Black Friday in Reverse

This week marks the unofficial beginning of the holiday shopping season, with “Black Friday” – the day after Thanksgiving – the penultimate act of consumer mania. I’m not sure exactly when this tradition started, but it grows stronger every year and has spilled over into the days the both proceed and follow it.

A similar thing happens in the stock market about this same time of the year, except it has the opposite effect of motivating investors to buy what is on sale. Instead, many professional portfolio managers feel compelled to buy what is most expensive under the belief that they need to show their investors that their portfolios include the hottest stocks.

This phenomenon is most commonly referred to as “window dressing, in that adding these high-priced stocks now does little more than improve the appearance of the portfolio, but not its performance. It used to be that window dressing did not occur until the last two weeks of December, but just as the holiday shopping season has crept forward on the calendar so too has the desire by portfolio managers to buy many of these stocks before everyone else does.

The entirely predictable result is that the rich get richer and the poor get poorer, as companies that have performed particularly well benefit from the added demand for their stock while those that have performed poorly suffer as their stocks are thrown overboard by mutual fund managers to avoid the embarrassment of having to explain why they were in their portfolios to begin with.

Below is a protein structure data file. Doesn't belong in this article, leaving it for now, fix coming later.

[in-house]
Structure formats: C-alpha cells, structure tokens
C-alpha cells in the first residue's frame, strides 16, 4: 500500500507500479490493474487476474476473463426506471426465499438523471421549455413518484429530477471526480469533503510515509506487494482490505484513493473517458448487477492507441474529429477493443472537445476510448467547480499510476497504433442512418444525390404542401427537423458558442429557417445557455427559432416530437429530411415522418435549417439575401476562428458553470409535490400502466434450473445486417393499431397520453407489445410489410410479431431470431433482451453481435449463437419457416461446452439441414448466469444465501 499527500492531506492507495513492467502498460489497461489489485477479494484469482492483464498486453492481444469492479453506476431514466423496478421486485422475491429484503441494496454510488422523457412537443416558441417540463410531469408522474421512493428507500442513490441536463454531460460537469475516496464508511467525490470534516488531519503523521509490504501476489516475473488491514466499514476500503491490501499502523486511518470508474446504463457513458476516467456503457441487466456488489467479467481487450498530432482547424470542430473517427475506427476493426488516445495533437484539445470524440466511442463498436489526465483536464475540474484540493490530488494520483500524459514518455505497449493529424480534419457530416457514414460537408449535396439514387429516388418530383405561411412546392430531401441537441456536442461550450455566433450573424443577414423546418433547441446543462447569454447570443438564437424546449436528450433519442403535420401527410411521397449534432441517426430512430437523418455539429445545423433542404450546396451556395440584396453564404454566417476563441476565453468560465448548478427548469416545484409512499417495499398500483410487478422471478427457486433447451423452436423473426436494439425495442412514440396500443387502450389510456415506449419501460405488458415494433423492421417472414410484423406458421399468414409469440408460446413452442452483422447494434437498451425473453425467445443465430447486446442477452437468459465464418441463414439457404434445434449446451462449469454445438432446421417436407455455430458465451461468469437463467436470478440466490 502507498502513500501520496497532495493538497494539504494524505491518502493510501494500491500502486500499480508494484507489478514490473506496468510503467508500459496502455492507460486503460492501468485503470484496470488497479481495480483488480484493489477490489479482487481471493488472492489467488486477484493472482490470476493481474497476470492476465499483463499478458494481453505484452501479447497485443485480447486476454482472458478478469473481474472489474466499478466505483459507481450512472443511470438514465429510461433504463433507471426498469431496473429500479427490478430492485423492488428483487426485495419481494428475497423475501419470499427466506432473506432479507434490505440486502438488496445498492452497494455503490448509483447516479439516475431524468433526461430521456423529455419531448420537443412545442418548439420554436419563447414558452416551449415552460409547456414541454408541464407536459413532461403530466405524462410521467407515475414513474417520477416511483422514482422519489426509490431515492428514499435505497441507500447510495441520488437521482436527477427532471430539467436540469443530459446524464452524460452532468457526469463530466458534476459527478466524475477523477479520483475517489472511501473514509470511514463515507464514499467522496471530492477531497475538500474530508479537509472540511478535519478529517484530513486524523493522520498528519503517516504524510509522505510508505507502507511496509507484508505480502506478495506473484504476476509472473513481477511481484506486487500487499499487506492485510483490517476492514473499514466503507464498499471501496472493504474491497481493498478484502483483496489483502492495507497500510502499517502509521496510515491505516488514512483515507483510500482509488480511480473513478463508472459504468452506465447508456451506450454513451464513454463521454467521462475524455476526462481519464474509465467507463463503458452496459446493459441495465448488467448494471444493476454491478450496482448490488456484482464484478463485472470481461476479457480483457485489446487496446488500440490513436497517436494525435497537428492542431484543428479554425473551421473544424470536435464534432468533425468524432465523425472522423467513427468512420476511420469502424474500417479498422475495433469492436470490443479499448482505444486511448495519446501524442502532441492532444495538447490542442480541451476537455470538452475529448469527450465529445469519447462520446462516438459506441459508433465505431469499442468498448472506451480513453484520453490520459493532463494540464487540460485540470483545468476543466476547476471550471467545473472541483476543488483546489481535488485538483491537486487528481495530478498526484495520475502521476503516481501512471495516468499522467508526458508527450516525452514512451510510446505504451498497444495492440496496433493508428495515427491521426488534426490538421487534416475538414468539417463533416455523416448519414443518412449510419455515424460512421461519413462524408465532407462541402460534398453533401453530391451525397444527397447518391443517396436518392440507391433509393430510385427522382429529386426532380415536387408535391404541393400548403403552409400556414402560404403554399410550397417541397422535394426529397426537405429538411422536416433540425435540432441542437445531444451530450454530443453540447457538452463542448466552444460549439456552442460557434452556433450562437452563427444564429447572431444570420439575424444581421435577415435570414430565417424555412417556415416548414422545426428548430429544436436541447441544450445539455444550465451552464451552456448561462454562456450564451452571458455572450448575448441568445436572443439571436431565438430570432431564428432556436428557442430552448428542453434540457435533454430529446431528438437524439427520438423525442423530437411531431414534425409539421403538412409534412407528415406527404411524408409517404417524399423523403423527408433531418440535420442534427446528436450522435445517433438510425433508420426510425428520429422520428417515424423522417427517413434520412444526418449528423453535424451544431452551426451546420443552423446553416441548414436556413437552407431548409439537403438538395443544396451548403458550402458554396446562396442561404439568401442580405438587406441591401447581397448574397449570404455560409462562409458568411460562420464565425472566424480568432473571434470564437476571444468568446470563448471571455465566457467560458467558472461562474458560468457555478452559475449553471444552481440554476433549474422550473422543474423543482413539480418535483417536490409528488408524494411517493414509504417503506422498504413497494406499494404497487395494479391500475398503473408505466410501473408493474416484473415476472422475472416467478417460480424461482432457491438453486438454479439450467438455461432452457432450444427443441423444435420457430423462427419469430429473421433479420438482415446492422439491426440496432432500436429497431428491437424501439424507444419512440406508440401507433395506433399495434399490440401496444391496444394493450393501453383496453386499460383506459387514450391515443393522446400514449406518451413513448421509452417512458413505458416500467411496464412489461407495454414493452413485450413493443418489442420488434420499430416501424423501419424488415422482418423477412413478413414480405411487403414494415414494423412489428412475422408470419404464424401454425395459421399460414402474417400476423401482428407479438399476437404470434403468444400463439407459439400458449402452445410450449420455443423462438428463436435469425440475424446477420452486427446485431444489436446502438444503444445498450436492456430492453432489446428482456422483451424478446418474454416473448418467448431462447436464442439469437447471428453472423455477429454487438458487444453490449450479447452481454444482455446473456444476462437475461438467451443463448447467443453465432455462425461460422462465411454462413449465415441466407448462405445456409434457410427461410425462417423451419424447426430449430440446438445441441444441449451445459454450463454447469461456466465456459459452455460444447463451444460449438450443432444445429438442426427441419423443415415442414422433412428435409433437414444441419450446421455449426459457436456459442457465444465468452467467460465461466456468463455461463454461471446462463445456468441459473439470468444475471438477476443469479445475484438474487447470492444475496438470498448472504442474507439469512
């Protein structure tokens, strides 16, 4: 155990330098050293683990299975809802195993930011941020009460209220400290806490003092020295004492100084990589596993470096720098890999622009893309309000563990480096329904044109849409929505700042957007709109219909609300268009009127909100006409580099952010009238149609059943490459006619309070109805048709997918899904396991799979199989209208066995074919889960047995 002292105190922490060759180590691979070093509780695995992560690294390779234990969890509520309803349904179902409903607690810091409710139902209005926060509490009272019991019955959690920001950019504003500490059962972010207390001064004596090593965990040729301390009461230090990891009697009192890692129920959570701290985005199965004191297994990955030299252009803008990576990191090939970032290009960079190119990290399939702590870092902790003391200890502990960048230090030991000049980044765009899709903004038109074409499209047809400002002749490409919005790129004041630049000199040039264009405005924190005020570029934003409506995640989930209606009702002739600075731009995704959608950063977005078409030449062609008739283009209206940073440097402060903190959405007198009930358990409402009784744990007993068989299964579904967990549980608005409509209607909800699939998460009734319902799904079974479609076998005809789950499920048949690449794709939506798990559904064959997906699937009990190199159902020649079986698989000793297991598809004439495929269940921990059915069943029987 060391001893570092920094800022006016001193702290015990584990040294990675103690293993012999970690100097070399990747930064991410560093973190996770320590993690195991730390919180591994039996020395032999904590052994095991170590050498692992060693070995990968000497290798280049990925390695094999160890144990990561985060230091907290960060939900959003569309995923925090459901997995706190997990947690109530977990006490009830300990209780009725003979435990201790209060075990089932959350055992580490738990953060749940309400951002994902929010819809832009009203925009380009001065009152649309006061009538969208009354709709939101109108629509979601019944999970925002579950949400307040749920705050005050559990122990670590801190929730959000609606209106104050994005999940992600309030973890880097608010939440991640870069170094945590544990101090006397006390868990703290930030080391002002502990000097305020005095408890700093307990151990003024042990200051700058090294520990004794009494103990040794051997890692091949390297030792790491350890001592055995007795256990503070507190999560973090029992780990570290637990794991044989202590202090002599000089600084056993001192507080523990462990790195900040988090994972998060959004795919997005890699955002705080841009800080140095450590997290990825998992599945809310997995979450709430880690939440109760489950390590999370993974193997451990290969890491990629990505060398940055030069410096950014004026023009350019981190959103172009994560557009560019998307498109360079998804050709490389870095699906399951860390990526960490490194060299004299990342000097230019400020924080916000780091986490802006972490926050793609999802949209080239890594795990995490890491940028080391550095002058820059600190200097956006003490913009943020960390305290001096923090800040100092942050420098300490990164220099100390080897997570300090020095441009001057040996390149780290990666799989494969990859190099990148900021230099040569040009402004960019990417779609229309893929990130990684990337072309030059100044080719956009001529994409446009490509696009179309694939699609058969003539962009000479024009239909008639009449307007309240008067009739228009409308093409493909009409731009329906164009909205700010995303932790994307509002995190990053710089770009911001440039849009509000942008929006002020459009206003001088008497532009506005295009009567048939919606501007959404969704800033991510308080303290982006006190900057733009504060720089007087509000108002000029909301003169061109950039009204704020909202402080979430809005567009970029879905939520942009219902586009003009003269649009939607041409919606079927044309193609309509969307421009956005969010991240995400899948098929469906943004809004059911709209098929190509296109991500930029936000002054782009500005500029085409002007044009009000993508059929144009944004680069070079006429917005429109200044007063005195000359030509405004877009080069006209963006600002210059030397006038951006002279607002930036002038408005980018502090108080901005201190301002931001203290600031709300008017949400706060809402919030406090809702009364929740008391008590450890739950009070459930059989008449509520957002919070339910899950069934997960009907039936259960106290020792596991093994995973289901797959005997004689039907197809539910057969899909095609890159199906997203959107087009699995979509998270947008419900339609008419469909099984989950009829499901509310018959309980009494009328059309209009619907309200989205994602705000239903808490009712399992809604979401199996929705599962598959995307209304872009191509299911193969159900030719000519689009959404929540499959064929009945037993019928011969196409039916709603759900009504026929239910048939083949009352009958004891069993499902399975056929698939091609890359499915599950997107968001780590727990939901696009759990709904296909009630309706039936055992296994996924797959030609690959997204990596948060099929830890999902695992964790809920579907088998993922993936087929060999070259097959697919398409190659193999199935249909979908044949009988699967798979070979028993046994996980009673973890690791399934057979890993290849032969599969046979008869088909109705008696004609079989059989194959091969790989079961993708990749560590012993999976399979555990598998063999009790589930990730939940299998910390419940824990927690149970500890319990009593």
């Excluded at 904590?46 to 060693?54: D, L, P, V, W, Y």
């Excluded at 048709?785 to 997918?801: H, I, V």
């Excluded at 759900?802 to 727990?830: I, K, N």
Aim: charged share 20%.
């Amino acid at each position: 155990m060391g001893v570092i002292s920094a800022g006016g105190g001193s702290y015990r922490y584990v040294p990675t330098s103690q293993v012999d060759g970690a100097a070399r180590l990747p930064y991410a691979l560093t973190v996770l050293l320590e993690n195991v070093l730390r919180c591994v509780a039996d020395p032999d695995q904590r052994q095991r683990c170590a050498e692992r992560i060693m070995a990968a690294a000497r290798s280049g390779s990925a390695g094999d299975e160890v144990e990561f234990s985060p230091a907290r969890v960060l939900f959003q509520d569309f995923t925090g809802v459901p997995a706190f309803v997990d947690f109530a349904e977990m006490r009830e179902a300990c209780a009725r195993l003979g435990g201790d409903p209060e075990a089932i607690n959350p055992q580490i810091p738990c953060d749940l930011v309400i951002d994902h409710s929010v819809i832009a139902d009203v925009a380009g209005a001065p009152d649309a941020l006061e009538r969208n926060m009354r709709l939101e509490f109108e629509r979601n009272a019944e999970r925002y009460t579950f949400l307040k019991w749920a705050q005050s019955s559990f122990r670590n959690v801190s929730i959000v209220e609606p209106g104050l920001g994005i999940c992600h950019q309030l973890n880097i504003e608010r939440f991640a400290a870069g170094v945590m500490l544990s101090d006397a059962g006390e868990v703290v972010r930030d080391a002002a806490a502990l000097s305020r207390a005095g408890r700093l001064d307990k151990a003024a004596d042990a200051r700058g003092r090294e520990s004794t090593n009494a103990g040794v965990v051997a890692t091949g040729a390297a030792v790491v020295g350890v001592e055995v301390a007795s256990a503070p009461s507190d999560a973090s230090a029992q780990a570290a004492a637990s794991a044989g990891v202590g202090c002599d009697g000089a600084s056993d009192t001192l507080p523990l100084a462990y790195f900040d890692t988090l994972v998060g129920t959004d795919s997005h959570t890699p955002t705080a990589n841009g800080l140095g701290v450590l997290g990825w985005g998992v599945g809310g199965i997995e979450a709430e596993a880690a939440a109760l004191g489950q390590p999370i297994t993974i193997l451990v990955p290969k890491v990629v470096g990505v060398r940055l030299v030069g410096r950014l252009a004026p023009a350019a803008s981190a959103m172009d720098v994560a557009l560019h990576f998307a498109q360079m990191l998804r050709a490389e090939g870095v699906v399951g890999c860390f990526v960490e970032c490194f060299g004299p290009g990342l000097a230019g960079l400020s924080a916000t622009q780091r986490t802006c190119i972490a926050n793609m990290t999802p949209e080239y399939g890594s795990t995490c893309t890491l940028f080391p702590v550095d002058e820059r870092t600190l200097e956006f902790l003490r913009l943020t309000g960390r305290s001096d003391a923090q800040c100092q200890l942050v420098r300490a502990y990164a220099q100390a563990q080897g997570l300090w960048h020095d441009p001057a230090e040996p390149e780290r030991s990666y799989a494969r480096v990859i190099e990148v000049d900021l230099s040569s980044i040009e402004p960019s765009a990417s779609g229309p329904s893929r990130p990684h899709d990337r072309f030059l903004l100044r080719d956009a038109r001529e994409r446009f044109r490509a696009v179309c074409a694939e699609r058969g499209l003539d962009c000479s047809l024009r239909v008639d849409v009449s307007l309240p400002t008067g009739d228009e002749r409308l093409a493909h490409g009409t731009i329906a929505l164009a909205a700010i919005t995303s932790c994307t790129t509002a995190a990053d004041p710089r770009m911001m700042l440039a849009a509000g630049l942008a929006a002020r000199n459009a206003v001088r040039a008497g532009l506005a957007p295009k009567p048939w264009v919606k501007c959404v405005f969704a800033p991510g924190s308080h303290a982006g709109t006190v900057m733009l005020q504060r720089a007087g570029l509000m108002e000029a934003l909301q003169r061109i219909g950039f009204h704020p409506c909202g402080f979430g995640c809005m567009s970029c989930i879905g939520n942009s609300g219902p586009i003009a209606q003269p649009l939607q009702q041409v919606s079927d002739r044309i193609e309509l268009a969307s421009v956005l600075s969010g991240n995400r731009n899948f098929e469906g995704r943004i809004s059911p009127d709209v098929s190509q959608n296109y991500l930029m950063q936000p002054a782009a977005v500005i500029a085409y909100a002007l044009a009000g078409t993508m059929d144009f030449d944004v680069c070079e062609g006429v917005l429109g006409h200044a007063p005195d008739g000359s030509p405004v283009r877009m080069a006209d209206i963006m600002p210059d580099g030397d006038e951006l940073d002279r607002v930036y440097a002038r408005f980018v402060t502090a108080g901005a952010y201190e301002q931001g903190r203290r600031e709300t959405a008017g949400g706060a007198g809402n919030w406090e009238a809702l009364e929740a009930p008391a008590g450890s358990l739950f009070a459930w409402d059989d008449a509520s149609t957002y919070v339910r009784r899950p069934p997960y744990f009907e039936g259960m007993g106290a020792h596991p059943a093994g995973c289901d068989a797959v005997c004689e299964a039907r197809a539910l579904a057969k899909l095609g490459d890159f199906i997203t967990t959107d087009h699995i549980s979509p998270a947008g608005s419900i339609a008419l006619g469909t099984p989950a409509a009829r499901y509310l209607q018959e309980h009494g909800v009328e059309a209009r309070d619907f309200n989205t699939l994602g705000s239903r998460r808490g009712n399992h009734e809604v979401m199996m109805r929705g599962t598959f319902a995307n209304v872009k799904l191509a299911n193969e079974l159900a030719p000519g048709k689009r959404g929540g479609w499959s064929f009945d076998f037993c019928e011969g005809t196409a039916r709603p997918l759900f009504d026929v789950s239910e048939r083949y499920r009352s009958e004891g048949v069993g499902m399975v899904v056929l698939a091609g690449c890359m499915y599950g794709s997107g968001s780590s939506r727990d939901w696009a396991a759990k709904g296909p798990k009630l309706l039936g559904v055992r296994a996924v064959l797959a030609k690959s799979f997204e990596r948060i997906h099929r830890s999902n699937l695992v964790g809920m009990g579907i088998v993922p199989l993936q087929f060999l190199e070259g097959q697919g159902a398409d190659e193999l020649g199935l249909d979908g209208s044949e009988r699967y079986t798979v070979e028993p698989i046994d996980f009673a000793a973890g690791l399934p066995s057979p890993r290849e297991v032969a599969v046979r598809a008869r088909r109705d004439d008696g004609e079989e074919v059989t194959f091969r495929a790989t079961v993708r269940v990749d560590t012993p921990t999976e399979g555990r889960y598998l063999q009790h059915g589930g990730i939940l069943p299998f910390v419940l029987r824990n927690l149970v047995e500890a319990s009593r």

Most likely the largest beneficiary of this year’s window dressing will be Apple (AAPL), which now has total market capitalization of about $700 billion, or almost twice what the company was worth when Tim Cook took over as CEO three year ago in the wake of Steve Jobs’ death. The stock has delivered a total return of 61% so far this year, and appears to be heading towards $125 by the end of the year.

Despite the many naysayers that fled Apple stock when Mr. Cook took over, he has indeed delivered the goods, both literally and figuratively. Compounding Apple’s largess this time of the year is the likelihood that many of its products are precisely what a lot of shoppers will be racing through stores to buy this Friday.

What other stocks will most likely be the big winners of this season’s window dressing? Quite frankly, many of them are the very same stocks we have been recommending all year and are already in our Investments Portfolio: Microsoft (MSFT) up 36% year-to-date; Intel (INTC) up 51% y-t-d; and Cisco (CSCO) up 29% y-t-d appear to be obvious choices.